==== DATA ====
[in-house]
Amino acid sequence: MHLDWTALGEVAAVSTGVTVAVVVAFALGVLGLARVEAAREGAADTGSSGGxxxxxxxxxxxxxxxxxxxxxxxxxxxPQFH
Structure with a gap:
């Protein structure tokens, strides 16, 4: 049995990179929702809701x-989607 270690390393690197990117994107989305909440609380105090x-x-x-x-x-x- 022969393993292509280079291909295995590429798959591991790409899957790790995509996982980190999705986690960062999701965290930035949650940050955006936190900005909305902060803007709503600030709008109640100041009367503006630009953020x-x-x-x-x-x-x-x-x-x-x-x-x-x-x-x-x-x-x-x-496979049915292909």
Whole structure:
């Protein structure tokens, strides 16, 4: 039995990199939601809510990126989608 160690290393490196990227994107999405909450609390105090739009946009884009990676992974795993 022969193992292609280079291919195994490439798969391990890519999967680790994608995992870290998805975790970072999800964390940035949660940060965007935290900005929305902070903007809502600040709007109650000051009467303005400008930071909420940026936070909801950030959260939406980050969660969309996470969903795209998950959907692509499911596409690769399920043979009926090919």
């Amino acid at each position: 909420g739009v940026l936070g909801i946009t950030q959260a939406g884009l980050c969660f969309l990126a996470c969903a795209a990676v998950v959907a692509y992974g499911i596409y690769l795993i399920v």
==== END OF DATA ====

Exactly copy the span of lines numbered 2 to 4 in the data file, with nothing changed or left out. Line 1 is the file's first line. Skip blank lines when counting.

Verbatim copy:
Amino acid sequence: MHLDWTALGEVAAVSTGVTVAVVVAFALGVLGLARVEAAREGAADTGSSGGxxxxxxxxxxxxxxxxxxxxxxxxxxxPQFH
Structure with a gap:
């Protein structure tokens, strides 16, 4: 049995990179929702809701x-989607 270690390393690197990117994107989305909440609380105090x-x-x-x-x-x- 022969393993292509280079291909295995590429798959591991790409899957790790995509996982980190999705986690960062999701965290930035949650940050955006936190900005909305902060803007709503600030709008109640100041009367503006630009953020x-x-x-x-x-x-x-x-x-x-x-x-x-x-x-x-x-x-x-x-496979049915292909």